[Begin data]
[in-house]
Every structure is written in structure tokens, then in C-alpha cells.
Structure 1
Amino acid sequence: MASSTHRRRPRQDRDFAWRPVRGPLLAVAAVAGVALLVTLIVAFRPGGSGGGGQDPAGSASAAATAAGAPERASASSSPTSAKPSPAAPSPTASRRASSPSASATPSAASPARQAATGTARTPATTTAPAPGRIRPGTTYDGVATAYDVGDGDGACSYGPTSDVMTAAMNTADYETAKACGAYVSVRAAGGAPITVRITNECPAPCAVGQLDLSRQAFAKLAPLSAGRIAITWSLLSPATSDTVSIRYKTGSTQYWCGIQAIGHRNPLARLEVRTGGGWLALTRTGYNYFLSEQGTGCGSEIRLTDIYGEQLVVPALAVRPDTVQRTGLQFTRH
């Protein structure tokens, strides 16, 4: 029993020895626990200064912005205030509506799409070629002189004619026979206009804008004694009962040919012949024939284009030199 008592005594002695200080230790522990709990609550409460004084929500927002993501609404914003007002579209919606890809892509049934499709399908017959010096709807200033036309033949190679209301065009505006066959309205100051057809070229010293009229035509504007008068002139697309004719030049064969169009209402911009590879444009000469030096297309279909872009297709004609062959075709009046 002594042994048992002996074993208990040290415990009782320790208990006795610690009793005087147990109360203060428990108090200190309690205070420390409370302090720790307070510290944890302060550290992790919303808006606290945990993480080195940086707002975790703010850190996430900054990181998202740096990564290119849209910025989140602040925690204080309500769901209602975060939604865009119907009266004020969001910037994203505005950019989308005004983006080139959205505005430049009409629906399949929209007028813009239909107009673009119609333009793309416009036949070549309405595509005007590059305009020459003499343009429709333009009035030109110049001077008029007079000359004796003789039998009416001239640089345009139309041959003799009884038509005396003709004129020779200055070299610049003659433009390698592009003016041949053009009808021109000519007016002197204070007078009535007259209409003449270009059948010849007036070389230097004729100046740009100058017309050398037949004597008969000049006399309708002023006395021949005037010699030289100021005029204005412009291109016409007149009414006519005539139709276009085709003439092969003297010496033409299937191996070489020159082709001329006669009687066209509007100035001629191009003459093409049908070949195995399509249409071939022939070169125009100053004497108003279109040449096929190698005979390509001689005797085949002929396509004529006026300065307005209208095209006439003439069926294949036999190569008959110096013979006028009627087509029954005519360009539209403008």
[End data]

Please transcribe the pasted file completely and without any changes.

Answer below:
[in-house]
Every structure is written in structure tokens, then in C-alpha cells.
Structure 1
Amino acid sequence: MASSTHRRRPRQDRDFAWRPVRGPLLAVAAVAGVALLVTLIVAFRPGGSGGGGQDPAGSASAAATAAGAPERASASSSPTSAKPSPAAPSPTASRRASSPSASATPSAASPARQAATGTARTPATTTAPAPGRIRPGTTYDGVATAYDVGDGDGACSYGPTSDVMTAAMNTADYETAKACGAYVSVRAAGGAPITVRITNECPAPCAVGQLDLSRQAFAKLAPLSAGRIAITWSLLSPATSDTVSIRYKTGSTQYWCGIQAIGHRNPLARLEVRTGGGWLALTRTGYNYFLSEQGTGCGSEIRLTDIYGEQLVVPALAVRPDTVQRTGLQFTRH
């Protein structure tokens, strides 16, 4: 029993020895626990200064912005205030509506799409070629002189004619026979206009804008004694009962040919012949024939284009030199 008592005594002695200080230790522990709990609550409460004084929500927002993501609404914003007002579209919606890809892509049934499709399908017959010096709807200033036309033949190679209301065009505006066959309205100051057809070229010293009229035509504007008068002139697309004719030049064969169009209402911009590879444009000469030096297309279909872009297709004609062959075709009046 002594042994048992002996074993208990040290415990009782320790208990006795610690009793005087147990109360203060428990108090200190309690205070420390409370302090720790307070510290944890302060550290992790919303808006606290945990993480080195940086707002975790703010850190996430900054990181998202740096990564290119849209910025989140602040925690204080309500769901209602975060939604865009119907009266004020969001910037994203505005950019989308005004983006080139959205505005430049009409629906399949929209007028813009239909107009673009119609333009793309416009036949070549309405595509005007590059305009020459003499343009429709333009009035030109110049001077008029007079000359004796003789039998009416001239640089345009139309041959003799009884038509005396003709004129020779200055070299610049003659433009390698592009003016041949053009009808021109000519007016002197204070007078009535007259209409003449270009059948010849007036070389230097004729100046740009100058017309050398037949004597008969000049006399309708002023006395021949005037010699030289100021005029204005412009291109016409007149009414006519005539139709276009085709003439092969003297010496033409299937191996070489020159082709001329006669009687066209509007100035001629191009003459093409049908070949195995399509249409071939022939070169125009100053004497108003279109040449096929190698005979390509001689005797085949002929396509004529006026300065307005209208095209006439003439069926294949036999190569008959110096013979006028009627087509029954005519360009539209403008």